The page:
Previous human genetic studies have identified the etiology of many heritable cardiovascular disorders. Hypertrophic cardiomyopathy (HCM), the most common heritable cardiovascular disorder (prevalence 1:500), has been associated with mutations in at least 19 genes, most of which encode sarcomere proteins, along with a few encoding Z-disc and calcium handling proteins. However, mutations are detected in previously identified genes in only ~50% of patients. Therefore, we hypothesize that variants in other heretofore undiscovered genes that regulate the sarcomere, the Z-disc, or cellular calcium homeostasis, including metabolic genes, can directly cause disease. Large scale forward genetics in mice is a novel approach to identifying these undiscovered genes. The NHLBI has funded a mouse ethylnitrosourea (ENU) mutagenesis program that is identifying genetic pathways contributing to congenital heart disease. Preliminary studies show that 6% of fetuses homozygous for a given mutation have isolated cardiac hypertrophy. Therefore, our overall objective is to leverage the unique resource available to us through this ENU mutagenesis program to recover novel genes associated with HCM.
Our specific aims are: 1. To recover ENU mutagenized mouse pedigrees with HCM. Pedigrees exhibiting HCM in the homozygous state in fetuses will be interrogated for the presence of the disease phenotype in the heterozygous state in adults, specifically, abnormalities on echocardiograms and histopathology characteristic of HCM. Phenotypes evident in the heterozygous state are more likely to be clinically relevant. 2. To identify novel genes with mutations leading to HCM. Abnormal heterozygous adults will be genotyped to exclude mutations in genes previously associated with HCM and functionally related genes, using sequence capture arrays. We will select ~6 pedigrees with potentially novel genetic mutations (including an HCM pedigree that we have already identified). From 2 of these pedigrees, we will identify mutations in novel genes using massively parallel whole genome sequencing. This exploratory proposal is meant to establish a foundation for multiple future studies: banking of pedigrees of interest for further analysis by the wider scientific community;expansion of this strategy, once proven, to larger cohorts of mice;further mechanistic studies of novel mutations in mice and other model systems;determination of the role of novel genetic variants in our large pre-existing cohorts of human subjects with HCM. We feel that it is imperative for us to pursue the proposed project, so that the opportunity for both us and other investigators to study mouse pedigrees with HCM that are generated by this ENU mutagenesis program is not wasted.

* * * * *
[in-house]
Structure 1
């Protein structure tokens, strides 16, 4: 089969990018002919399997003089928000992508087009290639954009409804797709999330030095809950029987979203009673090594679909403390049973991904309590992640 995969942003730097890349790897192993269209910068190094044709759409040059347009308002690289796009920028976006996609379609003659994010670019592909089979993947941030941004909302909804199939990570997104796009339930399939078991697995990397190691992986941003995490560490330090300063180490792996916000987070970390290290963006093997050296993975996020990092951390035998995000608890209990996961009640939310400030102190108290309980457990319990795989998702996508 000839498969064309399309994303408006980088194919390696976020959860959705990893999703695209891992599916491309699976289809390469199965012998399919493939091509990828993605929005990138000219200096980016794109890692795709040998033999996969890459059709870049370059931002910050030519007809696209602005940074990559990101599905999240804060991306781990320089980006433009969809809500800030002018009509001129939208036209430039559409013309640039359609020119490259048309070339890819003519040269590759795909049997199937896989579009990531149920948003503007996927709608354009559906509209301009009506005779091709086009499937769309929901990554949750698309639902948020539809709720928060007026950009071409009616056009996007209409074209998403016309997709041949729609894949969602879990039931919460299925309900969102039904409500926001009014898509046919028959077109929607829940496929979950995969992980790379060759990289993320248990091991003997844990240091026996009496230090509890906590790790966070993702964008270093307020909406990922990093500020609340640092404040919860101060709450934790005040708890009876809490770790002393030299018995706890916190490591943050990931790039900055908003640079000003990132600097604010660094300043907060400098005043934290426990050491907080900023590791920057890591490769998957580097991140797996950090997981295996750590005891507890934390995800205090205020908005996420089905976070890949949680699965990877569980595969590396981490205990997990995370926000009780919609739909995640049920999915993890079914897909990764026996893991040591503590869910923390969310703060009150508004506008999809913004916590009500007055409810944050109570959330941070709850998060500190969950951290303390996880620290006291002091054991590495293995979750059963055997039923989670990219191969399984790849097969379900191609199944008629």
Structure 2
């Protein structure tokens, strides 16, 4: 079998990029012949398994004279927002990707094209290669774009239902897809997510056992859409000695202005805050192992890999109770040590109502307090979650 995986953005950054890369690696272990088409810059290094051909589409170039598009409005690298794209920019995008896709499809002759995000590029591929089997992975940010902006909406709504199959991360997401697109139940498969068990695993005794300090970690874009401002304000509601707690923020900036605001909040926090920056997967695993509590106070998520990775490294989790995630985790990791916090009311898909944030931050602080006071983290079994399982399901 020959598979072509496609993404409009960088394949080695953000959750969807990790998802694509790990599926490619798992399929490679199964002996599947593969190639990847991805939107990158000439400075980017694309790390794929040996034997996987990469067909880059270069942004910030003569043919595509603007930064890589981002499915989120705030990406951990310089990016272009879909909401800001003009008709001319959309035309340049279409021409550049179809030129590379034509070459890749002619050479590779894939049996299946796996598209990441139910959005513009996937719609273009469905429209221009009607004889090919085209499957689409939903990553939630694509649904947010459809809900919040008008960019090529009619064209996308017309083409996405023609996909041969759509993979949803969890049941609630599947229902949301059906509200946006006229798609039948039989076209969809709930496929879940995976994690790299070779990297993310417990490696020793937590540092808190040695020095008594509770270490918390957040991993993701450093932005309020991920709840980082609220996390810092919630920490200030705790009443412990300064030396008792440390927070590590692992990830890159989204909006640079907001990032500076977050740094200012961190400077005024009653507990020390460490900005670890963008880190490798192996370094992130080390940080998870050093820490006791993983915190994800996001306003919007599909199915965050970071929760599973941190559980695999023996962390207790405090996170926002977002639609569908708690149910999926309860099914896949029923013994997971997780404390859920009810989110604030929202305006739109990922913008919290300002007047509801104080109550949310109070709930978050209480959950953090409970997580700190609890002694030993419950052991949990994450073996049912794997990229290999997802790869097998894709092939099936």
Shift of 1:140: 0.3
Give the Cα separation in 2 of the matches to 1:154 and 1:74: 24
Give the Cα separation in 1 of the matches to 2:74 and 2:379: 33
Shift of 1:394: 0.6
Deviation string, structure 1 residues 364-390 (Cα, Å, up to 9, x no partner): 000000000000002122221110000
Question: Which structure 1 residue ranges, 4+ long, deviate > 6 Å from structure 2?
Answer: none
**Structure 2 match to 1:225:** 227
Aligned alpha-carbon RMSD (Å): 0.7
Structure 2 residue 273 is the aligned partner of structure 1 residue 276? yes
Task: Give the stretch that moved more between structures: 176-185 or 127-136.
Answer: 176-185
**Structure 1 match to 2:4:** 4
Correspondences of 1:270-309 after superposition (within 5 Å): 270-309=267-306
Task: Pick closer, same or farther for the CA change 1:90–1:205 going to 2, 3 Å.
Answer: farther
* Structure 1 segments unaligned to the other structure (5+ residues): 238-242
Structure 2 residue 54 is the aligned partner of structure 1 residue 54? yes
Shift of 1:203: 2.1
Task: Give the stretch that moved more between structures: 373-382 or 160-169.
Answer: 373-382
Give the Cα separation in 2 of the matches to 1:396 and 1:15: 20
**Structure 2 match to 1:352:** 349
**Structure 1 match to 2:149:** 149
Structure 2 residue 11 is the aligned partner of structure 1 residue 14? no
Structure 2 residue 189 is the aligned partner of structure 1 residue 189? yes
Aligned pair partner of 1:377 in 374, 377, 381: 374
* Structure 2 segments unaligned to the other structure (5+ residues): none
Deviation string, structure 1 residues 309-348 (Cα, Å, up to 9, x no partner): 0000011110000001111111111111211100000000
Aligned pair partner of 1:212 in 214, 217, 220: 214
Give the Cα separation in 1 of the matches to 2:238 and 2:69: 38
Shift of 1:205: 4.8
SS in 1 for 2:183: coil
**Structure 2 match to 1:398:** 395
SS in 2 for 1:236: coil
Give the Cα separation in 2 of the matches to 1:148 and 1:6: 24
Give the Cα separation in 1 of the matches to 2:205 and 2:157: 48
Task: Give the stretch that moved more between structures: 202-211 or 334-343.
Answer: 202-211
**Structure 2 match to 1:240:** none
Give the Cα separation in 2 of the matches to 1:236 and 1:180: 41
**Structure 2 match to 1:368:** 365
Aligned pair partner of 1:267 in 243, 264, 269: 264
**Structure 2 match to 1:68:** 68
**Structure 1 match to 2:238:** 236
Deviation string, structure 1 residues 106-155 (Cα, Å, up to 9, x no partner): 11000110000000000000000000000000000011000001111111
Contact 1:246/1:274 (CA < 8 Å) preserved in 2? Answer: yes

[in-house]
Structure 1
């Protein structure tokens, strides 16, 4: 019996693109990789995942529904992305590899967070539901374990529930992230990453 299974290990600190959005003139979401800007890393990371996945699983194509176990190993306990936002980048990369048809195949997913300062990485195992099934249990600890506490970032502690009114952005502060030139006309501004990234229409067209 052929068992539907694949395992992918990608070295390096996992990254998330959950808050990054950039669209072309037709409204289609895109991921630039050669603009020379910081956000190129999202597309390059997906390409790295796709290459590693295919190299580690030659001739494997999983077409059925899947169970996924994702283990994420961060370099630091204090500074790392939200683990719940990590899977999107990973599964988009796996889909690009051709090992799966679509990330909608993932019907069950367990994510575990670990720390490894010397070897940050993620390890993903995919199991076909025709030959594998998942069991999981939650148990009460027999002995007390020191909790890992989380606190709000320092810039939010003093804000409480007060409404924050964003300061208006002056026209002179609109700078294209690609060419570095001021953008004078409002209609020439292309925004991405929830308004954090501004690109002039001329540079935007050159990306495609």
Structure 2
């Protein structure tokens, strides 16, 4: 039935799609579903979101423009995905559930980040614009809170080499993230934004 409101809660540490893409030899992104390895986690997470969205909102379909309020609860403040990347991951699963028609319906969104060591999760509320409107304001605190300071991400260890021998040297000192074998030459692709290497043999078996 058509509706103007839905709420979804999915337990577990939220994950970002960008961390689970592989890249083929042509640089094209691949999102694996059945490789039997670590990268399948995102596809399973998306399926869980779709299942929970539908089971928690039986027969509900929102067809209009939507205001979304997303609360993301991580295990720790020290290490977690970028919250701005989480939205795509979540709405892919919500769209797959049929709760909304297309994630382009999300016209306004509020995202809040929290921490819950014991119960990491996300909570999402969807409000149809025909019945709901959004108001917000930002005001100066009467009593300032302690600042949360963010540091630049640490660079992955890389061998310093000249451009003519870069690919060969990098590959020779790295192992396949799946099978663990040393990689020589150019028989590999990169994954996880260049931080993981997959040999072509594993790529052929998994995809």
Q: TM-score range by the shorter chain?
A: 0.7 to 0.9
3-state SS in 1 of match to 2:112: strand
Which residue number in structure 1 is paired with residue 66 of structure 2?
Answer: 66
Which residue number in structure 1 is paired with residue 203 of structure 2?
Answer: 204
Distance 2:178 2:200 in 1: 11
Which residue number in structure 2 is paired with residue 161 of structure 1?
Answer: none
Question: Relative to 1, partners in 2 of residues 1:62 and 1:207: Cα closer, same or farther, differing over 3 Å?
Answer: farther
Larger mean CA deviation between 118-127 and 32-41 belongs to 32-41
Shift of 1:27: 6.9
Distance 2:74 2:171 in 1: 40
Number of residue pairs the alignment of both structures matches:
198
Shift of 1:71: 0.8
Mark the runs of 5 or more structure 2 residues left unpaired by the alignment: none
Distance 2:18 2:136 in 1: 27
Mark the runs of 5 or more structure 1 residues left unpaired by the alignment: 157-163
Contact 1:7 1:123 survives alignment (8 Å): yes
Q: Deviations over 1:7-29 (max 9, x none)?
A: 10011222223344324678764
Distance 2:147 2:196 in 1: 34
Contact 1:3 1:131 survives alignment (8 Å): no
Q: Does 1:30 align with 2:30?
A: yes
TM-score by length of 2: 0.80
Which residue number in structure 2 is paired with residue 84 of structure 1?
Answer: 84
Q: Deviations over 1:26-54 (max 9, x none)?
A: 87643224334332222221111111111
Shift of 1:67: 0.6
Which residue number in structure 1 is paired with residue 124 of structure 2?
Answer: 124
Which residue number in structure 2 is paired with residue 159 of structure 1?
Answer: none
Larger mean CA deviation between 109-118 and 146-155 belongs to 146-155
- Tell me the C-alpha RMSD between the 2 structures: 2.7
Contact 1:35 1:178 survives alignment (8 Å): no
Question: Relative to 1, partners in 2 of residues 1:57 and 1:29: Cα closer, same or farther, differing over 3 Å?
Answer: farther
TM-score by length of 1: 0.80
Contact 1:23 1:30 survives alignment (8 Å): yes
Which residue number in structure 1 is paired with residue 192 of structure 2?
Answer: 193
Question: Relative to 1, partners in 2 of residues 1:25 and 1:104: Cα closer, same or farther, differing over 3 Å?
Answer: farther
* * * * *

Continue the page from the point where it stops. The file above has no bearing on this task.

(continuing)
Inherited genetic mutations leading to abnormal thickening of the muscle of the heart are among the most common causes of sudden death, particularly in the young. Although enormous progress has been made in the past 20 years to identify the genetic causes of this disorder, approximately half of all patients do not have an identified cause. Studying mice, this project will identify some of these unknown causes of inherited heart disease. These findings will allow physicians to determine who is at high risk of sudden death and to intervene early to prevent death. In the long term, these findings will lead to the development of improved treatments.
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